DH: Thank you for joining us gentlemen and lady. We are with the Homemade Jamz band – a true family band. They were the youngest band ever to compete in the international blues challenge, nominated blues music awards, and we’re going to get to know them better. They traveled from Henderson, Kentucky at the WC Handy music awards tonight, so welcome here, we’re looking forward to your show, it’s going to be fabulous. So for our readers who can’t see you, you’re kind of young. How old are you all and how did you come to be musicians?
Ryan: I’m the oldest, my name is Ryan Perry, I do lead guitar and vocals. I’m 22 years old.
Kyle: My name is Kyle Perry and I’m on bass and I’m 20 years old.
Taya: My name is Taya Perry and I’m the drummer and I’m 15.
DH: How did you all get started?
Ryan: Basically my dad was in the military and he was looking for a boredom buster so he bought a guitar and harmonica. He didn’t quite figure out how to play it so he packed it up and moved us all to Germany where I found the guitar and harmonica and he showed me one or two blues tunes that he knew and from there he says that I just took off. When he retired we all moved back to Mississippi and that’s when my brother ended up on bass guitar and we had a little duo just having fun and next thing you know my sister wanted to play so she got on drums. That’s how it all went down.
DH: How long ago was that?
Taya: That was almost 9 years ago.
DH: Were you always a bass player?
Kyle: I came on as a bass player years later, I tried out the piano and I tried guitar and both of them didn’t work for me so I landed on bass and here I am.
DH: Do you guys have any early musical influences or mentors that you emulate or do you just do your own thing?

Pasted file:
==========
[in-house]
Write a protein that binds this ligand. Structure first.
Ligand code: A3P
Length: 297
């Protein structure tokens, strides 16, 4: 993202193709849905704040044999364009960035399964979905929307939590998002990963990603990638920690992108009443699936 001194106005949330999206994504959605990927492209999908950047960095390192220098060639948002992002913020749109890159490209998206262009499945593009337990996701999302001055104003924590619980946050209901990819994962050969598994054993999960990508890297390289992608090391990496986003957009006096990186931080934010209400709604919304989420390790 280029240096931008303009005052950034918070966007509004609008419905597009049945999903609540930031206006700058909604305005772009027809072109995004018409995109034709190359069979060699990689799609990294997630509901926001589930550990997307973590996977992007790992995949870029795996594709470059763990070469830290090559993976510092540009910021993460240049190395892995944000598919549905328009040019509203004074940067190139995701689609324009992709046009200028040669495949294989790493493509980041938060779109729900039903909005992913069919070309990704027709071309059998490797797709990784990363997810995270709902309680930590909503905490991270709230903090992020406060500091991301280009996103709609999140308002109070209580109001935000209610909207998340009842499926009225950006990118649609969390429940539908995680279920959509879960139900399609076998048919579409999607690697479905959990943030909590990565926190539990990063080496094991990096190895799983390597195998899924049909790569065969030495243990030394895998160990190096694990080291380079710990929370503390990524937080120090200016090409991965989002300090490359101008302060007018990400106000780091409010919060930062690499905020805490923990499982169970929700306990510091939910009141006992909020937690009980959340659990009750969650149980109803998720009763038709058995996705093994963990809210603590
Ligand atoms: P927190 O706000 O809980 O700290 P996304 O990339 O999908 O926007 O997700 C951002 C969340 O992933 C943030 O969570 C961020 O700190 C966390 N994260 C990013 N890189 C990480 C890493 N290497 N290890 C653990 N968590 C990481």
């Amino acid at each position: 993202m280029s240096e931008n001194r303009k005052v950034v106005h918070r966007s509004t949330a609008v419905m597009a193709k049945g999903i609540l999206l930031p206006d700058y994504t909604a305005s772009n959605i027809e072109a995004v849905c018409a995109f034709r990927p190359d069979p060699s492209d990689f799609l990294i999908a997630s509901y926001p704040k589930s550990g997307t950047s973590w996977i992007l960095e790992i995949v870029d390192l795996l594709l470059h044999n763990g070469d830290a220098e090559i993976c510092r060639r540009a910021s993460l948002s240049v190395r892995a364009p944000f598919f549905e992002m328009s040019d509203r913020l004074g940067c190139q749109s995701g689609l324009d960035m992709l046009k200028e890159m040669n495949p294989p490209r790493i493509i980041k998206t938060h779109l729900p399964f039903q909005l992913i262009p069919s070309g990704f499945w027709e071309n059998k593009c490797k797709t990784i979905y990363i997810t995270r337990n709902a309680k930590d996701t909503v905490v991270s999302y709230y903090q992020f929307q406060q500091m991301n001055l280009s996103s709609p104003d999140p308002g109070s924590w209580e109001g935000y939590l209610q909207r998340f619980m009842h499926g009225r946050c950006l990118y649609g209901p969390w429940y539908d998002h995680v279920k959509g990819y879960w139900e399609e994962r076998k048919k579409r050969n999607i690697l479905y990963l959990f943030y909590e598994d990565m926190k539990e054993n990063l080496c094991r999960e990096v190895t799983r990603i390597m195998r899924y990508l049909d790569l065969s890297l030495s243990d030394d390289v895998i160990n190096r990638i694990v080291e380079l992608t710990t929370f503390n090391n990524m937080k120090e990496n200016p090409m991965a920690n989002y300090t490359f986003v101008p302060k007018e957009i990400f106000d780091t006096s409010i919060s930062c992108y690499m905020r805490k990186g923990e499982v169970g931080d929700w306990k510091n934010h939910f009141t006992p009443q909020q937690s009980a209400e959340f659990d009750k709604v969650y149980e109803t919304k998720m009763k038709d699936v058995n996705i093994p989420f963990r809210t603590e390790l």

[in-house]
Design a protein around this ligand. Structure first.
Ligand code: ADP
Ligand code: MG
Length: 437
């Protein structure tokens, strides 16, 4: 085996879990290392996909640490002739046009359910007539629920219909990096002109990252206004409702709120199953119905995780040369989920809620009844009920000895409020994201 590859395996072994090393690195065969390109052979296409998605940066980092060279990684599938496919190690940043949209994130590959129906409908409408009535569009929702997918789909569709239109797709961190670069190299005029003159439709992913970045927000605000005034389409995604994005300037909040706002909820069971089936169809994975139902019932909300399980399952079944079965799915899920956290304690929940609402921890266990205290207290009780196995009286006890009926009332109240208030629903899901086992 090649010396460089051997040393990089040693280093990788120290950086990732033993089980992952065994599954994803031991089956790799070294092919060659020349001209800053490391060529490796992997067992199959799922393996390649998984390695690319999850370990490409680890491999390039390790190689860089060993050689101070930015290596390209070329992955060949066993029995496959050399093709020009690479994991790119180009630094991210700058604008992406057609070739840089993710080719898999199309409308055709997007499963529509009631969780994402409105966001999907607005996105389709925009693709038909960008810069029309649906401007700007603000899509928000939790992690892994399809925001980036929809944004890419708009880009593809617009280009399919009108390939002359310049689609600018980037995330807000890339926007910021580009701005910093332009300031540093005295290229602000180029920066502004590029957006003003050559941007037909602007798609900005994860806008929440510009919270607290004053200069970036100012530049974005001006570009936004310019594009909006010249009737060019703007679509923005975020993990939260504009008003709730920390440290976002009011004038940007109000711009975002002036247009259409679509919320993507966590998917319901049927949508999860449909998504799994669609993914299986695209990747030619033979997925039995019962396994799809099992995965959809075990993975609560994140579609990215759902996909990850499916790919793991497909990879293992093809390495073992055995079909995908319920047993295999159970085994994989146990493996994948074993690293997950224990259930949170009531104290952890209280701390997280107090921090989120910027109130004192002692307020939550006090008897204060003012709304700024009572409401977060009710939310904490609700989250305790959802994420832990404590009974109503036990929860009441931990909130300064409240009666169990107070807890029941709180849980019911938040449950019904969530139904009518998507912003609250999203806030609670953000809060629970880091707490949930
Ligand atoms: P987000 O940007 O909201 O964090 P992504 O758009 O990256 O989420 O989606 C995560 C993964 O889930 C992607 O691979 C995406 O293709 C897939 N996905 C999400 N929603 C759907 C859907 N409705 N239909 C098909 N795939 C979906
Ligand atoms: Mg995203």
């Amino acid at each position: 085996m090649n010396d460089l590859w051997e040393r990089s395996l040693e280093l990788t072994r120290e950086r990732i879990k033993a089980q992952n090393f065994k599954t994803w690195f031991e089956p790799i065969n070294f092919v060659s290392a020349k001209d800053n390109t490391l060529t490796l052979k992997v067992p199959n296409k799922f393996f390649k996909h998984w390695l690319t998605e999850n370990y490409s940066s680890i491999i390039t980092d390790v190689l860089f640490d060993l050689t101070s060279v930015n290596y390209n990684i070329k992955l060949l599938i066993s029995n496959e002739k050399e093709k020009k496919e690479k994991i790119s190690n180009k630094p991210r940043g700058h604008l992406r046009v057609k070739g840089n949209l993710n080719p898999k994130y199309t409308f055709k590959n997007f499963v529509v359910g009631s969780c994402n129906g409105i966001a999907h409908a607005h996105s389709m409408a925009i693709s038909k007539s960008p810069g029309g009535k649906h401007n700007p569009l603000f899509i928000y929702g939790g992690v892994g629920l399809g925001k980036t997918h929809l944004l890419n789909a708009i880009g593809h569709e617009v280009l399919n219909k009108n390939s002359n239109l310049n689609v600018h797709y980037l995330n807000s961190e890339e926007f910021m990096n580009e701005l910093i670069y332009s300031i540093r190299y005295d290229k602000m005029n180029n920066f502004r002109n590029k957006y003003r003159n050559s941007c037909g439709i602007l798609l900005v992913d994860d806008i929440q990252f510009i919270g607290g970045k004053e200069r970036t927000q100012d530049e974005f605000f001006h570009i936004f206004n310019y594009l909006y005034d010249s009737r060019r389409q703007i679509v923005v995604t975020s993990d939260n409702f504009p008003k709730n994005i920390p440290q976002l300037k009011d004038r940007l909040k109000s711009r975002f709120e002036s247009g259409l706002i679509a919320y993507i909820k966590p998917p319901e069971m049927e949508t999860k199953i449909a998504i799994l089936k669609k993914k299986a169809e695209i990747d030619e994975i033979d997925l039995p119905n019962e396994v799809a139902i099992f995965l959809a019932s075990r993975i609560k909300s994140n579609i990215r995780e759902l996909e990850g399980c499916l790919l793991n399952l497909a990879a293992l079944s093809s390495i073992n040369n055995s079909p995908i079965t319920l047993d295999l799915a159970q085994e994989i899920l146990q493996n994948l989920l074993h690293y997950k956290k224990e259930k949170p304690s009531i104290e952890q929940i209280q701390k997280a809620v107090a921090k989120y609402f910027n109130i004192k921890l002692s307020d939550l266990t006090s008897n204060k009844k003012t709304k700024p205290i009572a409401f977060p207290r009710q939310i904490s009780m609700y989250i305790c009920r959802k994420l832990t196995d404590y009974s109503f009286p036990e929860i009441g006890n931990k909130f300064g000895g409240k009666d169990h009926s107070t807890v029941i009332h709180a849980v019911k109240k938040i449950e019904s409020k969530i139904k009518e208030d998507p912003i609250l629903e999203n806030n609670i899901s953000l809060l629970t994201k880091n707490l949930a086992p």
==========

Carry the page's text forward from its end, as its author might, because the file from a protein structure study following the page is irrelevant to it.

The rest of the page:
In my opinion we take from as many people as we’ve ever listened to.
Ryan: In my opinion we take from as many people as we’ve ever listened to. I’ve got an old mentor his name is James Harris – we call him Jabo – he lives in Shannon Mississippi. He’s the one that taught me the blues style and how to feel what I’m playing. Other than that we just take a little bit from everyone.
DH: That’s nice, that’s usually the way it is. The influence comes from creole, African, southern, funk, jazz, rhythm and blues, Chicago a little more urban blues but it’s a gumbo and most people make it their own way. Glad to hear that. I wanted to make a side comment, I saw your show a few years ago with some homemade instruments and smoke coming out a tube at the end and we went wild. Tell us the story – you guys made your own or you made them look like parts?
Kyle: My dad is the one that designed and built them. The story goes, he was helping me on my first car and I bought some mufflers for them and when they came in the mail he wanted to make some guitars out of them instead of putting them on the car. I told him no at first and he took them from me anyways and two weeks later he comes out with the very first guitar. No knowledge of how to build a guitar, he just wanted to try it. Turned out it worked and looked great, the first guitar is in the B.B. King museum now, the guitar that you see me playing is guitar number 14.
DH: Any home made drums coming out yet?
Taya: Nah, not yet.
[pullquote]Turned out it worked and looked great, the first guitar is in the B.B. King museum now, the guitar that you see me playing is guitar number 14.[/pullquote]
DH: Whose your- who do you like?
Taya: Sheila E. is my biggest inspiration, but are you talking about drums? What I play now is a Gretsch drum set, but I love my Pearls.
DH: What about on bass, what’d ya like?
Kyle: Oh my favorite brand is Dean, as far as amps I love Mark bass [amplifiers].
DH: What label do you record for right now and what’s new in the pipeline?
Ryan: Right now we’re independent for the past two albums and we’re going to work on the fifth album after this summer tour of ours.
DH: Mississippi Hill Country was the last one, and that one 2013, any particular songs that resonate on there for you?
Ryan: “Mississippi Hill Country” and “Buy One Get One Free.”